Submitted June 14, 2006.
Decided June 30, 2006.
Appeal from the 76th Judicial District Court, Titus County, William R. Porter, J.
Thomas M. Michel, Griffith, Jay, Michel Moore, LLP, Fort Worth, for appellant.
John R. Mercy, Mercy Carter Tidwell, LLP, Texarkana, Robert Rolston, Rolston Cobern Law Firm, LLP, Mount Pleasant, for appellee.
Before MORRISS, C.J., ROSS and CARTER, JJ.
1. Statement of the Case
The trial court announced, "your divorce is granted." The question presented is whether that pronouncement was the rendition of a final judgment in a divorce and child conservatorship case when the parties had previously entered a mediated settlement agreement complying with statutory provisions which made the agreement immediately binding and irrevocable on the parties and entitled them to a judgment on the agreement. We find the trial court rendered judgment by its oral pronouncement.
On May 29, 2001, Belinda Joyner filed for divorce from Thomas Joyner. At the end of their third mediation April 7, 2003, the parties signed a mediated settlement agreement that delineated and partitioned most of their property and conservatorship and support of their minor son. The parties met for their "final hearing" on July 2, 2003, to argue the few personal property issues they had been unable to resolve in mediation.
On July 3, 2003, the day after the final hearing, Thomas purchased a winning lottery ticket worth $2,080,000.00. Almost a year later, on May 7, 2004, Belinda filed a motion for final trial setting, claiming the divorce had never been finalized, she was still married to Thomas, and the $2,080,000.00 should be divided as community property. On June 28, 2004, the court signed a "Final Decree of Divorce," which stated the divorce had been judicially pronounced and rendered on July 2, 2003. Belinda appeals, claiming the divorce was not final until June 28, 2004.
2. Issues Presented
The issue in this case is whether the trial court's actions on July 2, 2003, constituted an oral rendition of judgment on the Joyners' divorce. A decision on this issue directly affects the categorization of the lottery winnings as Thomas' separate or the Joyners' community property.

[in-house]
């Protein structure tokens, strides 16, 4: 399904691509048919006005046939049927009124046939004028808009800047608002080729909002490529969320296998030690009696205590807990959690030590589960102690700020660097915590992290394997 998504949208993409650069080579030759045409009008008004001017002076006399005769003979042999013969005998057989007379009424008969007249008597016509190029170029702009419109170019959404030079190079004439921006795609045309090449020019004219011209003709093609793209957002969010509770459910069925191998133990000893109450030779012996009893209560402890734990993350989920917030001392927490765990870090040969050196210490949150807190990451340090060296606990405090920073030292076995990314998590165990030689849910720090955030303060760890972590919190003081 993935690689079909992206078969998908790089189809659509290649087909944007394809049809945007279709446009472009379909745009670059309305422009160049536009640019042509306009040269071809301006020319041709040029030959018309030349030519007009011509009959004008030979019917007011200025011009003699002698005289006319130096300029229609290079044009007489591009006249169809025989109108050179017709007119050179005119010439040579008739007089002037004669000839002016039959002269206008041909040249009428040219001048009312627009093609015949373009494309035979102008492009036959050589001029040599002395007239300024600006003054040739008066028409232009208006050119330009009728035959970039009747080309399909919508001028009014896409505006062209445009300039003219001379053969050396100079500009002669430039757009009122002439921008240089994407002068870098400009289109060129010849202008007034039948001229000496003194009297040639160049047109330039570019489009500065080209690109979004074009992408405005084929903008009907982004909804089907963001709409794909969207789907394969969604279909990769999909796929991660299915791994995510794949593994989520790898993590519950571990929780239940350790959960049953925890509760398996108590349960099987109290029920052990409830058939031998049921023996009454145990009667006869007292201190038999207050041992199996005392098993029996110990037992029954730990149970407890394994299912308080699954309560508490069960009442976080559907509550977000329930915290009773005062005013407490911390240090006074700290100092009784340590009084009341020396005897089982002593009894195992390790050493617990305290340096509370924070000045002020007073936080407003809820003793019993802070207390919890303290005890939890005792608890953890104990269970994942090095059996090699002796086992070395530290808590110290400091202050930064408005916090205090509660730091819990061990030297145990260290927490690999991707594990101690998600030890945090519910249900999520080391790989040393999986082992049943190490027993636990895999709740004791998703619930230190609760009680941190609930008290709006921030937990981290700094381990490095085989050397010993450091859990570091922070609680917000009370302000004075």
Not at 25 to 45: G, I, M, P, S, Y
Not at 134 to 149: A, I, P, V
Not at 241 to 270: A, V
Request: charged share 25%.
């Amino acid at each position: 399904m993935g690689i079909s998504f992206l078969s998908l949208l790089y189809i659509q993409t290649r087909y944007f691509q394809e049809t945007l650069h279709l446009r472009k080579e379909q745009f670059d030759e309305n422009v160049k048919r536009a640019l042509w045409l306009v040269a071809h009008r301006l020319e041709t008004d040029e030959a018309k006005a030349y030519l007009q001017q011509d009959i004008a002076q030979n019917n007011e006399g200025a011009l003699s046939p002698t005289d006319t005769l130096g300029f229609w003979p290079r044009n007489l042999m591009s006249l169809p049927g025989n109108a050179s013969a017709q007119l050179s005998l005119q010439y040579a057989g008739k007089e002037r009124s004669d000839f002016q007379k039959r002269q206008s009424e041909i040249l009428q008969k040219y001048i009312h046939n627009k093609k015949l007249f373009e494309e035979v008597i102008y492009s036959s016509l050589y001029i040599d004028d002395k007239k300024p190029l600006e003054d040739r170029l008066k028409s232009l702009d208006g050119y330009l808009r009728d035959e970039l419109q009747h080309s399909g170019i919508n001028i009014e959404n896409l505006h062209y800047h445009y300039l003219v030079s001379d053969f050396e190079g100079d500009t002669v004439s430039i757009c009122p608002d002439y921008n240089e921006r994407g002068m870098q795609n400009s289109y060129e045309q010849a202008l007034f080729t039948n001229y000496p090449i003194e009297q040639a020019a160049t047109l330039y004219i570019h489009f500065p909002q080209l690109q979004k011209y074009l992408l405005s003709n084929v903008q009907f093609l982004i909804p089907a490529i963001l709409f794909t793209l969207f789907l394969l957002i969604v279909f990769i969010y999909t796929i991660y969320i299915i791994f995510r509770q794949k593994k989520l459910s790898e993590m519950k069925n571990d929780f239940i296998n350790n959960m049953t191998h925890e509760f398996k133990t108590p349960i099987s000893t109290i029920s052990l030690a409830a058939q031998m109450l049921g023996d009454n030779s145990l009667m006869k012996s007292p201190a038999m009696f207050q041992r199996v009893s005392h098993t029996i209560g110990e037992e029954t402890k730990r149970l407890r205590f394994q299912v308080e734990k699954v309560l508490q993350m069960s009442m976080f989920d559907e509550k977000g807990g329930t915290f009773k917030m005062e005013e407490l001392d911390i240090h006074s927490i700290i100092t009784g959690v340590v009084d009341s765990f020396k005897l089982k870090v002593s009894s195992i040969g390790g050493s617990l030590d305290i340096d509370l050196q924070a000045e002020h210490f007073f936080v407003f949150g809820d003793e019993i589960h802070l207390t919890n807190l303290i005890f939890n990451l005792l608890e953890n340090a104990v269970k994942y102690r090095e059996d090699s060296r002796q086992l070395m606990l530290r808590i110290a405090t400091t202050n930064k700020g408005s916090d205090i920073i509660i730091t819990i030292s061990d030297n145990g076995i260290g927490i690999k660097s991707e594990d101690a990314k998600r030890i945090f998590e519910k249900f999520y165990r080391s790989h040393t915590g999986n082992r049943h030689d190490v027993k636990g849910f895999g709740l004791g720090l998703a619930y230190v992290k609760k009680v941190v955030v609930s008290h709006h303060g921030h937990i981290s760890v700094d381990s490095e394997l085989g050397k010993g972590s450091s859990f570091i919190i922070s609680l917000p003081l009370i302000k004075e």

Belinda contends the trial court did not render a final judgment on the three issues before it (the divorce, the property division, and the custody of their son) until June 28, 2004. She claims the trial court was required to specifically render judgment on each of these issues before she and Thomas could be deemed divorced. In the alternative, Belinda asserts even if the trial court rendered the parties divorced, it did not render final judgment because it did not render a decision on the property issues, relying on caselaw that a court cannot sever the divorce from the property. She contends she and Thomas were still married when he won the lottery, and therefore she is entitled to a just and right division of those winnings.
3. Analysis a. The Dissolution of the Marriage
A judgment is rendered when the court makes an official announcement, either in writing or orally in open court, of its decision on the matter submitted for adjudication. James v. Hubbard, 21 S.W.3d 558, 561 (Tex.App.-San Antonio 2000, no pet.); In re Bland, 960 S.W.2d 123, 124 (Tex.App.-Houston [1st Dist.] 1997, no pet.). Once a judgment is rendered by oral pronouncement, the entry of a written judgment is purely a ministerial act. Keim v. Anderson, 943 S.W.2d 938, 942 (Tex.App.-El Paso 1997, no pet.); see also Dunn v. Dunn, 439 S.W.2d 830, 832-33 (Tex. 1969) (oral rendition of divorce constituted as final judgment even though judgment not signed until after spouse's death).